Manitou Springs residents once again find themselves up in arms and doing court battle with members of the McGee family.
Red Mountain Heights neighbors went to court last week in what they say is an attempt to force Manitou Springs' Planning Department to apply city zoning ordinances to a house being built in -- or rather atop -- their neighborhood by Manitou resident John McGee.
McGee is the son of Tom McGee who angered Manitou residents in the early 1990s by building a home on the summit of Iron Mountain in defiance of widespread criticism that he was blighting Manitou's scenic backdrop.
Town ire increased when the elder McGee secretly attempted to bulldoze a 3,800-foot driveway down the mountainside without a grading permit, and without the benefit of surveying, engineering or soils tests.
Now Manitou residents are at odds with McGee's son, John. The issue this time is a 2,180 square-foot house with an attached two-car garage that he's building as a commercial venture on a 5,100 square-foot lot at 1 Fairmont Ave., about a quarter mile up the hill from Manitou Springs Elementary.
Neighbors contend the house is too large for their modest, low-density neighborhood.
Complaining that McGee has violated the city zoning ordinance and that the city is refusing to enforce compliance, neighbors Dennis Schofield, Doug and Kim Powell, and Gordon and Ann Jeffries hired attorney Ken Nuss to press their case against the city in court.
(The Jeffries have since removed themselves as plaintiffs, saying they cannot afford the legal costs.)
Last week, a restraining order against McGee was obtained from 4th Judicial District Judge Kirk Samelson, who scheduled a hearing for Sept. 15.
The neighbors, however, are frustrated. "It's a shame that taxpayers have to spend their own time and money to force Manitou Springs to uphold its laws," said neighbor Shauna Schofield.
"This is getting more expensive by the day," added neighbor Kim Powell. "We've already put $5,000 into fighting this, and we have to put down another $10,000 today as a restraining order bond."
McGee's property, which he purchased on July 7, is zoned low-density residential, and Manitou's zoning ordinance (passed in 1975) requires a minimum lot size of 9,000 square feet for construction in areas so zoned. McGee's lot, however, is only 5,100 square feet.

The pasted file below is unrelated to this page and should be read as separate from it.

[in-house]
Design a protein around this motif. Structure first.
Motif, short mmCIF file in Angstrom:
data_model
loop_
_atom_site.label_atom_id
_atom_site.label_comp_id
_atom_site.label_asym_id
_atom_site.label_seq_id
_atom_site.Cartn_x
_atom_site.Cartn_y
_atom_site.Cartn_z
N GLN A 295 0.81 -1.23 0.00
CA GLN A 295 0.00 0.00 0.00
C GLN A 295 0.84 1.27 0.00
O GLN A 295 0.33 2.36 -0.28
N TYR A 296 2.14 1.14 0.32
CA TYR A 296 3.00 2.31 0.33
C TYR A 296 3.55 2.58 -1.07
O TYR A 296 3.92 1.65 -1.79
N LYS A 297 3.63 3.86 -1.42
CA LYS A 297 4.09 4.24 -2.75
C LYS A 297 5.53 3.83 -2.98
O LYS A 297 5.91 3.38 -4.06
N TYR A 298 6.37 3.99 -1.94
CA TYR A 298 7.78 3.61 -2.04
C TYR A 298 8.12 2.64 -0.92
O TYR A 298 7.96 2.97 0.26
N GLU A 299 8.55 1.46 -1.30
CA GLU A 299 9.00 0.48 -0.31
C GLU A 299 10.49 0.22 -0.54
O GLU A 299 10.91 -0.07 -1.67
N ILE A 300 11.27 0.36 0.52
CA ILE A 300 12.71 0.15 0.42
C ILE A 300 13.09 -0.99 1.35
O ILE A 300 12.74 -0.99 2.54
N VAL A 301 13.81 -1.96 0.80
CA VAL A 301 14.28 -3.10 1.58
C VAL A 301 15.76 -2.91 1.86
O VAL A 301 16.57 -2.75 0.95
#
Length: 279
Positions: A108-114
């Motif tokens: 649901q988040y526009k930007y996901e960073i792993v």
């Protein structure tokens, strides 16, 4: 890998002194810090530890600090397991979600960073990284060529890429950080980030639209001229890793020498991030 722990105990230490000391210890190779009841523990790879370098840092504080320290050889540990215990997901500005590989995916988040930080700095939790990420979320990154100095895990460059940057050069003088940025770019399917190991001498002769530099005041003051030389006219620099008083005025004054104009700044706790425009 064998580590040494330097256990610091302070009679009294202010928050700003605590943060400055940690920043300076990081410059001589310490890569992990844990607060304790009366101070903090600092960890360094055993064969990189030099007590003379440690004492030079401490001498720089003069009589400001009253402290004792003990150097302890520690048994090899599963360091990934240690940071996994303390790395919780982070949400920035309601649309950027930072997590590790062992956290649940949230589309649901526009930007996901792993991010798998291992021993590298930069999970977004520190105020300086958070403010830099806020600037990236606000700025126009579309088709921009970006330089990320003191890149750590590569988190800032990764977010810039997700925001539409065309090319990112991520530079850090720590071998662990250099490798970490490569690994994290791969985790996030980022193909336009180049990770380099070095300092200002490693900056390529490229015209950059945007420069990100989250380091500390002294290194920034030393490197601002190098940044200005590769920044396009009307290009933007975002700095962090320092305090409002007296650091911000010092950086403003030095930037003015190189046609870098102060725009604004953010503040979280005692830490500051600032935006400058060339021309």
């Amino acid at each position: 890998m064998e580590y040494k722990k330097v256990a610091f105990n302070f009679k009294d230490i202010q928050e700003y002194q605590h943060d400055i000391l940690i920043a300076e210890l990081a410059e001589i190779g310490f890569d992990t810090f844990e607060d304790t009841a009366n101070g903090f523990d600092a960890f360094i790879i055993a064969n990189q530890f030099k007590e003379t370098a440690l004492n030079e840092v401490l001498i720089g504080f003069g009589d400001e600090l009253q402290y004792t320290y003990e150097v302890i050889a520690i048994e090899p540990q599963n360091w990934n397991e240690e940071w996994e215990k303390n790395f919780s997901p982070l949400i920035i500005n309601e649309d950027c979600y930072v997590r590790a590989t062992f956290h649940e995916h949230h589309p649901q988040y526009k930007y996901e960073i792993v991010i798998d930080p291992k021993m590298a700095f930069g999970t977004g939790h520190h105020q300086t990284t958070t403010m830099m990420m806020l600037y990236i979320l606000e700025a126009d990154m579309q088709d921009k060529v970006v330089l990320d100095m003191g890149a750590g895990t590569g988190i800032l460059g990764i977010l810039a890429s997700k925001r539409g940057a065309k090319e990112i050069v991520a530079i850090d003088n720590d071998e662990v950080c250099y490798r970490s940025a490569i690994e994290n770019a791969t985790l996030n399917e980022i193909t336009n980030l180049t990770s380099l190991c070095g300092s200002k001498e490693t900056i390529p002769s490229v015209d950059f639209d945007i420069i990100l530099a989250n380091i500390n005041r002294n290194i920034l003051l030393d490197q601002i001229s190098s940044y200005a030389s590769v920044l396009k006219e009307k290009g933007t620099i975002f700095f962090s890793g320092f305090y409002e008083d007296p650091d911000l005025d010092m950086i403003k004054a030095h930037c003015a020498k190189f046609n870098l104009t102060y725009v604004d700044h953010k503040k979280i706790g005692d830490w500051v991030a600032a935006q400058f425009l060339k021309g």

The neighbors asked city planner Todd Liming, zoning officer Michelle Anthony, city manager Dan Wecks and city attorney Alan Jensen to require McGee to apply for a variance. That, they say, would provide an opportunity to reduce the project's square-footage to something more appropriate to the neighborhood.
"Mr. McGee has every right to make reasonable use of his property," Nuss explained, "but 'reasonable use' in this case means something that would impact the neighborhood less massively."
Nuss and his clients say that Liming told them the city approves building permits for properties less than 9,000 square feet that were platted prior to the 1975 Zoning Ordinance so long as setback requirements are met. (The McGee property was platted in the 1890s.)
McGee's site plan got a thumbs-up because it meets the requirements of a 25-foot setback in front and back, and a 10-foot setback on the sides.
Liming failed to respond to repeated requests for an interview about this position, but Nuss insists that there is nothing in the zoning ordinance to give Liming authority to waive the minimum lot-size requirement without a variance.
Nuss argues that section IV.3 of the ordinance specifically prohibits such action. "Except ... by variance granted," the ordinance reads, "no building structure ... shall be occupied, built, used [or] erected ... unless in conformity with this Ordinance."
"The city seems to be doing everything it can to avoid enforcing its zoning ordinance," said Nuss.